Jones was tried in December 1977. 1 J.D. Reddix testified about his drive to Biloxi with Larry and Willie on December 2, 1974. According to J.D., the two said nothing beforehand about what they planned to do downtown and never told him afterward what had happened while he waited in the car. Orvell McGee and Preston Sullivan testified about what they saw that day, as did Ray Real, but none of these witnesses identified Willie or Larry as the men they saw and none offered any hint about what happened inside Art's store. J.D. testified that Jones wore combat boots that day, and the State introduced the boots found stained with blood in the Reddix home. An Art's employee also identified the footlocker and clothes found at the Reddix house as having been stolen from the store.

Jones was accused of "capital murder," defined in Mississippi to include a killing done "with or without any design to effect death" by a person engaged in a robbery. Miss.Code Ann. Sec. 97-3-19 (Supp.1983). Thus, the trial court apparently delivered a typical felony murder instruction to the jury. 2 Defense counsel had not requested and the trial court did not give any instruction authorizing the jury to find Jones guilty of a lesser included offense--they were either to find the defendant guilty or not guilty of capital murder. Their verdict was guilty. The court immediately proceeded with the separate sentencing hearing required by Mississippi statute. See Miss.Code Ann. Sec. 99-19-101 (Supp.1983). The State introduced evidence of the victim's age and size, photographs of the victim taken at the hospital, and evidence of Jones' 1975 armed robbery conviction; the defense offered no evidence at the sentencing hearing. Part of the defendant's final argument was delivered by Jones himself, who sought to persuade the jury that the two black men involved in the robbery were Willie and a man named Roy or Royce. The court instructed the jury about the aggravating and mitigating circumstances according to Mississippi's capital punishment statute, and the jury returned its verdict the next morning sentencing Jones to death.

Jones appealed to the Mississippi Supreme Court, arguing among other things that the evidence at trial was insufficient to show that he "was actively engaged in an assault upon the victim in the course of the robbery," and that the trial court violated Witherspoon v. Illinois, 391 U.S. 510, 88 S.Ct. 1770, 20 L.Ed.2d 776 (1968). After reviewing the circumstantial evidence we have already recited, the Mississippi court rejected Jones' claim that the evidence was insufficient to show that he actually assaulted Weinburger. Jones v. State, 381 So.2d 983, 987-89 (Miss.), cert. denied, 449 U.S. 1003, 101 S.Ct. 543, 66 L.Ed.2d 300 (1980). The State need not have shown Jones' "precise role" in the killing, reasoned the court, because Mississippi's definition of capital murder includes a killing "done with or without any design to effect death ...." 381 So.2d at 989 (quoting Miss.Code Ann. Sec. 97-3-19(2)(e)). 3 The court then rejected Jones' Witherspoon claim, id. at 992, and affirmed both his conviction and sentence.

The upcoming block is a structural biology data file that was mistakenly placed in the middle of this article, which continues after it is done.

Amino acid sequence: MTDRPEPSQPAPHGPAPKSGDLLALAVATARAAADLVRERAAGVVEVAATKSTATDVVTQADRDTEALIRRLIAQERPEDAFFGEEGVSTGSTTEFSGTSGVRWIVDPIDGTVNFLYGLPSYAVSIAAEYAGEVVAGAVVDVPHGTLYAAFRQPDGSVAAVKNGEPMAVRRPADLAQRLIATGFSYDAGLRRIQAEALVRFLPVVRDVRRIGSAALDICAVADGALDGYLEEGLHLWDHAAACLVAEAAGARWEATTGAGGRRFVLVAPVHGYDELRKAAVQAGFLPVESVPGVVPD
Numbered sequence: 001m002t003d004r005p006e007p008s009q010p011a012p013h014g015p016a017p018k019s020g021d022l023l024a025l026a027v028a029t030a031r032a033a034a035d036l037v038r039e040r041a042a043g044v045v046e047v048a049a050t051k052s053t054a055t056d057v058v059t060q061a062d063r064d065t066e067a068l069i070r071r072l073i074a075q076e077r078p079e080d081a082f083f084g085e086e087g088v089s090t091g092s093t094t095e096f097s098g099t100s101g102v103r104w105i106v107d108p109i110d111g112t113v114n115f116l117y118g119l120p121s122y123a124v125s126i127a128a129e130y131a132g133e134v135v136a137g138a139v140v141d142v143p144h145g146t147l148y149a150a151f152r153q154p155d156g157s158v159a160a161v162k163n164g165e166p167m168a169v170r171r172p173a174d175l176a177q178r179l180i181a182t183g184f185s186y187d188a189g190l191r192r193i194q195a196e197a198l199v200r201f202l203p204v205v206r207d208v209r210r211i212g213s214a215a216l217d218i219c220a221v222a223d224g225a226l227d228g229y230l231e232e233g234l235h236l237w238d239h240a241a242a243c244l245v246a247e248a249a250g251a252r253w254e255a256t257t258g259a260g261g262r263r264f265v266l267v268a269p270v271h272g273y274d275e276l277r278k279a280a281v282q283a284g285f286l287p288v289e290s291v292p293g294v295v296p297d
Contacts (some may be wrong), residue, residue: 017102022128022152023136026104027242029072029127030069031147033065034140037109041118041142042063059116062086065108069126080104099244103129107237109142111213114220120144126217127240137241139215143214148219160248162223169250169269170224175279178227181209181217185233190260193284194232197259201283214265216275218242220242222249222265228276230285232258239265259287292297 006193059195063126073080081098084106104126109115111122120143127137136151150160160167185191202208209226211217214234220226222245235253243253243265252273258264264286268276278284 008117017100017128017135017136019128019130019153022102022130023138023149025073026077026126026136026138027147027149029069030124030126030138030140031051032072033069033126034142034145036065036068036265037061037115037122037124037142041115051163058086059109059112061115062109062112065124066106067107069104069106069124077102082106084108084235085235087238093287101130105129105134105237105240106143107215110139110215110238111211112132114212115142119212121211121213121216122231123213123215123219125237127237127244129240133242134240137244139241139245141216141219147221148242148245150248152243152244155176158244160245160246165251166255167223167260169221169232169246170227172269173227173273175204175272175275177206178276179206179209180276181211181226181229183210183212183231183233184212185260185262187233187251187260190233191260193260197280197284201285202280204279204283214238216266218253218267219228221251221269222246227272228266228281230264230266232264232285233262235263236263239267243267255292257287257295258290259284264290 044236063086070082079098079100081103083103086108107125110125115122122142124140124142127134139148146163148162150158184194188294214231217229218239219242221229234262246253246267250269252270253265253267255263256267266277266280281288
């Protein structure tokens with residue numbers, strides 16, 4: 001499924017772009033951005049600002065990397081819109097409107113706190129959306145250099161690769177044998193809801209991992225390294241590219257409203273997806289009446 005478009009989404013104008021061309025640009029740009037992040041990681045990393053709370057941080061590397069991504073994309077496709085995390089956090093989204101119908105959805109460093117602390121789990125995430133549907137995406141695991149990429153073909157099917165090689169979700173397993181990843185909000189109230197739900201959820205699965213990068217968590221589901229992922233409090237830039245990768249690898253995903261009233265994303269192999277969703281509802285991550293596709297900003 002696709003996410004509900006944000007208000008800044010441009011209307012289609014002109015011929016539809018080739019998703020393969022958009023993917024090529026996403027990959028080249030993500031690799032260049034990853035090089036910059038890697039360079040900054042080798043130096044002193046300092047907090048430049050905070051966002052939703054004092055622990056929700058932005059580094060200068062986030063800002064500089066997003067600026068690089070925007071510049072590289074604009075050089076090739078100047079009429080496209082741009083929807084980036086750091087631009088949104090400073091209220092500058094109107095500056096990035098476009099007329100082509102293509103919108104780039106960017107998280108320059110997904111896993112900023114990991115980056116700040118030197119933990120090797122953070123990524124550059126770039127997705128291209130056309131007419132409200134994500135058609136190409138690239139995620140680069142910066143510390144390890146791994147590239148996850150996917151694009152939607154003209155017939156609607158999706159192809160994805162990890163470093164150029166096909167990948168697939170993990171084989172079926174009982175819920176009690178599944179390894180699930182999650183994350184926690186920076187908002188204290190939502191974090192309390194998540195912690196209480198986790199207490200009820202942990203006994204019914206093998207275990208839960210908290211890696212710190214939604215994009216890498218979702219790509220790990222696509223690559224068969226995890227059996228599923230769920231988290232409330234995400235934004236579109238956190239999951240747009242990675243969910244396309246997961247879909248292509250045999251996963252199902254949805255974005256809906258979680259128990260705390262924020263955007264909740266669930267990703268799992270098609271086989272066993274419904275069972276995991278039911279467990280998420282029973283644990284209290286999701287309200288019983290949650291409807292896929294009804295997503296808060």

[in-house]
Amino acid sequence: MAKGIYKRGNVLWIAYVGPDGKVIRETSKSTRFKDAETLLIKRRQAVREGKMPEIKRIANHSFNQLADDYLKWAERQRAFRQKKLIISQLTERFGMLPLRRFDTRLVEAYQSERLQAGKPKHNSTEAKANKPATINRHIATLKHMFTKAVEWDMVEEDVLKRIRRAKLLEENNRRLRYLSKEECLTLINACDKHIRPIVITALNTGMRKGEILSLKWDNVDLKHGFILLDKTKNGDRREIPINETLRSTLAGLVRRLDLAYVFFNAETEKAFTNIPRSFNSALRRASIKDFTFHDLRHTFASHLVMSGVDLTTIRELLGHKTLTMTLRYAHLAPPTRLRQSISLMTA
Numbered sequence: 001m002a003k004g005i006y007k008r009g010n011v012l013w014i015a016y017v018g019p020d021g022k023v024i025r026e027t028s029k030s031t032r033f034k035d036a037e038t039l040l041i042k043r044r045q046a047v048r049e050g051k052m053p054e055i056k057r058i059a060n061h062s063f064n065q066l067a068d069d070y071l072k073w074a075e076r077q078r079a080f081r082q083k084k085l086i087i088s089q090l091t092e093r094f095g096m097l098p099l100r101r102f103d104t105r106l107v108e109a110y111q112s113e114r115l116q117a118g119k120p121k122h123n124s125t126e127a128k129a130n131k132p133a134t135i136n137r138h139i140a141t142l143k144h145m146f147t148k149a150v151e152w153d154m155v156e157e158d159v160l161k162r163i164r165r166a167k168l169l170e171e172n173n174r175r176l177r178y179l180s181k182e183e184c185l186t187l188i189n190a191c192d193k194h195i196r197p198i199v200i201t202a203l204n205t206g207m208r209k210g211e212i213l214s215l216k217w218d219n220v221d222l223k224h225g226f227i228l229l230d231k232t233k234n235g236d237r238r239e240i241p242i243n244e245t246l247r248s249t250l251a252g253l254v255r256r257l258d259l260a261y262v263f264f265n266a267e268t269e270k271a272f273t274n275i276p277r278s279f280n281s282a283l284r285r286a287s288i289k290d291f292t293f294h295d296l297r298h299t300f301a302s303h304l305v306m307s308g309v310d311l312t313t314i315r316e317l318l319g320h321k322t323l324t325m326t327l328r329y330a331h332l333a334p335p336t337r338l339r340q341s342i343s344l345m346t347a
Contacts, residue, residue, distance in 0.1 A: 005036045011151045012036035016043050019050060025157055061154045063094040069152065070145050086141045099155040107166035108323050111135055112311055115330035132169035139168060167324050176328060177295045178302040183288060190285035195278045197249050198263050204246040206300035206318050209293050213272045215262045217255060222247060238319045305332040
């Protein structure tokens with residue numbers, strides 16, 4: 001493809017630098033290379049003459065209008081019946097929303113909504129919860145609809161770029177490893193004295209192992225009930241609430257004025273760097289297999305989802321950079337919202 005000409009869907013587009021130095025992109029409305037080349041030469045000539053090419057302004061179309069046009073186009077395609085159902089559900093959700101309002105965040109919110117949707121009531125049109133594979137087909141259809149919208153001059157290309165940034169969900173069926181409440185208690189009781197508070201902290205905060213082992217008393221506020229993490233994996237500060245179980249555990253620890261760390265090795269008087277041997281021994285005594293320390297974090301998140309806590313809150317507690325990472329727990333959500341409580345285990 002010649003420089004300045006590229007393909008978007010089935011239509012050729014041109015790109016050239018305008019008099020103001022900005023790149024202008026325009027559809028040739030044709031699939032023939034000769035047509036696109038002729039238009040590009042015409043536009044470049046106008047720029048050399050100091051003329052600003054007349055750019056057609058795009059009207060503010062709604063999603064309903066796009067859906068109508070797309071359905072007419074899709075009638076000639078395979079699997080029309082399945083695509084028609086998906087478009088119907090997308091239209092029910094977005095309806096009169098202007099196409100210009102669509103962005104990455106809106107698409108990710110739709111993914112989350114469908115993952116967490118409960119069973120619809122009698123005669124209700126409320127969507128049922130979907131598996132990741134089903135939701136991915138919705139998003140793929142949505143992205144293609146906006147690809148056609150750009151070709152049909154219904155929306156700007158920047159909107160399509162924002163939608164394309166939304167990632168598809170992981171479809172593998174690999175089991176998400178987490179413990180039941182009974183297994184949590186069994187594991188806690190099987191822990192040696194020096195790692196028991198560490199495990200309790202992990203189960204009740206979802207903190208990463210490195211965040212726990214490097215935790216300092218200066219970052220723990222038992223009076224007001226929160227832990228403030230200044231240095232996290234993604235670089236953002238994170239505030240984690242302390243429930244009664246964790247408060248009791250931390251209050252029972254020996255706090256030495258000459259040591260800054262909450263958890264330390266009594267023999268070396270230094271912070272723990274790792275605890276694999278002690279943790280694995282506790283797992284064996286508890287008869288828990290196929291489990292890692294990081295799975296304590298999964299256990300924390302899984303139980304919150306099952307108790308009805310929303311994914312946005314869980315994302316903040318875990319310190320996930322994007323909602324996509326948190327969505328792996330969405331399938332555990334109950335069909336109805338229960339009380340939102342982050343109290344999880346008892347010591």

Jones sought collateral review according to state procedure on March 3, 1981, by moving the Mississippi Supreme Court for leave to petition the trial court for a writ, either of error coram nobis or of habeas corpus. See Miss.Code Ann. Sec. 99-35-145 (1973). Jones challenged his conviction on several grounds, among them that the facts required the trial court to instruct the jury on "the lesser included offense of simple murder," and that the court's failure to deliver such an instruction violated Beck v. Alabama, 447 U.S. 625, 100 S.Ct. 2382, 65 L.Ed.2d 392 (1980). He also argued that his death sentence constituted cruel and unusual punishment for several reasons, including the fact that he was convicted under Mississippi's capital murder statute with no finding that he killed or intended to kill Arthur Weinburger. 4 The State responded to most of Jones' arguments on their merits. The single relevant exception was its answer to the Beck claim, in which the State noted that Jones had not requested an instruction on lesser included offenses at trial and had never presented the Beck argument at any stage in the state proceedings. The Mississippi Supreme Court denied the motion with no explanation on April 1, 1981:

This cause this day came onto be heard on motion for leave to file petition for writ of error coram nobis and/or for a writ of habeas corpus and this Court having sufficiently examined and considered the same and being of the opinion that the same should be denied doth order that said motion be and the same is hereby denied.

Jones had filed this petition for federal habeas on March 9, 1981, shortly after moving for collateral...

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  • Jones v. State
    • United States
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    ..."before" statement that could be construed to indicate that he had killed, attempted to kill, or intended to kill. See Jones v. Thigpen, 741 F.2d 805 (5th Cir.1984). We hold that all of the statements made by Jones to the Biloxi law enforcement officials on January 21, 1981, after Jones sai......